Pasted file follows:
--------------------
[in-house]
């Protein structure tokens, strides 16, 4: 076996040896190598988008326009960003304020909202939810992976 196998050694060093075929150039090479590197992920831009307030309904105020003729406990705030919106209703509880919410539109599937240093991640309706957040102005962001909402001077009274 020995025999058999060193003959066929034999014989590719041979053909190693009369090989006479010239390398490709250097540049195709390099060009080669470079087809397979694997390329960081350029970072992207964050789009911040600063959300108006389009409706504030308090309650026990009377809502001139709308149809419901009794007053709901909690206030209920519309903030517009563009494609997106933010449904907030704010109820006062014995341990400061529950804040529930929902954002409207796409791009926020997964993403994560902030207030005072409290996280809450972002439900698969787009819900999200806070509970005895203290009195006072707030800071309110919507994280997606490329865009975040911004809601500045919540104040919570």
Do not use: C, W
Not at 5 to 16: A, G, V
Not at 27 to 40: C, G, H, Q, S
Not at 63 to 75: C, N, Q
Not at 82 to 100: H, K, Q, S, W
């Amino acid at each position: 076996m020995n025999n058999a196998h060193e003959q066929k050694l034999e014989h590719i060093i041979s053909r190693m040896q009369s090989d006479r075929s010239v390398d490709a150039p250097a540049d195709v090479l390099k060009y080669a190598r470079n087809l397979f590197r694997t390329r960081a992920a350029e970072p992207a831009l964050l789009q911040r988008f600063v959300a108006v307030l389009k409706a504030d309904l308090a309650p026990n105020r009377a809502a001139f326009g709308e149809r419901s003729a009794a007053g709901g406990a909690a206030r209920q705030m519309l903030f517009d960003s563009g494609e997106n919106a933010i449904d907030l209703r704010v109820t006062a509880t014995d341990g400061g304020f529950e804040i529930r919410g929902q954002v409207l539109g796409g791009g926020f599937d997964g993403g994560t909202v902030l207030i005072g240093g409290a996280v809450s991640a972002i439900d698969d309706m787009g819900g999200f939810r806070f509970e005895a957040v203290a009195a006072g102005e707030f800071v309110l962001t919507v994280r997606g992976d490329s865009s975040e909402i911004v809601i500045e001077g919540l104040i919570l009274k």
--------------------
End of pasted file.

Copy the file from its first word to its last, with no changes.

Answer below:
[in-house]
């Protein structure tokens, strides 16, 4: 076996040896190598988008326009960003304020909202939810992976 196998050694060093075929150039090479590197992920831009307030309904105020003729406990705030919106209703509880919410539109599937240093991640309706957040102005962001909402001077009274 020995025999058999060193003959066929034999014989590719041979053909190693009369090989006479010239390398490709250097540049195709390099060009080669470079087809397979694997390329960081350029970072992207964050789009911040600063959300108006389009409706504030308090309650026990009377809502001139709308149809419901009794007053709901909690206030209920519309903030517009563009494609997106933010449904907030704010109820006062014995341990400061529950804040529930929902954002409207796409791009926020997964993403994560902030207030005072409290996280809450972002439900698969787009819900999200806070509970005895203290009195006072707030800071309110919507994280997606490329865009975040911004809601500045919540104040919570």
Do not use: C, W
Not at 5 to 16: A, G, V
Not at 27 to 40: C, G, H, Q, S
Not at 63 to 75: C, N, Q
Not at 82 to 100: H, K, Q, S, W
């Amino acid at each position: 076996m020995n025999n058999a196998h060193e003959q066929k050694l034999e014989h590719i060093i041979s053909r190693m040896q009369s090989d006479r075929s010239v390398d490709a150039p250097a540049d195709v090479l390099k060009y080669a190598r470079n087809l397979f590197r694997t390329r960081a992920a350029e970072p992207a831009l964050l789009q911040r988008f600063v959300a108006v307030l389009k409706a504030d309904l308090a309650p026990n105020r009377a809502a001139f326009g709308e149809r419901s003729a009794a007053g709901g406990a909690a206030r209920q705030m519309l903030f517009d960003s563009g494609e997106n919106a933010i449904d907030l209703r704010v109820t006062a509880t014995d341990g400061g304020f529950e804040i529930r919410g929902q954002v409207l539109g796409g791009g926020f599937d997964g993403g994560t909202v902030l207030i005072g240093g409290a996280v809450s991640a972002i439900d698969d309706m787009g819900g999200f939810r806070f509970e005895a957040v203290a009195a006072g102005e707030f800071v309110l962001t919507v994280r997606g992976d490329s865009s975040e909402i911004v809601i500045e001077g919540l104040i919570l009274k």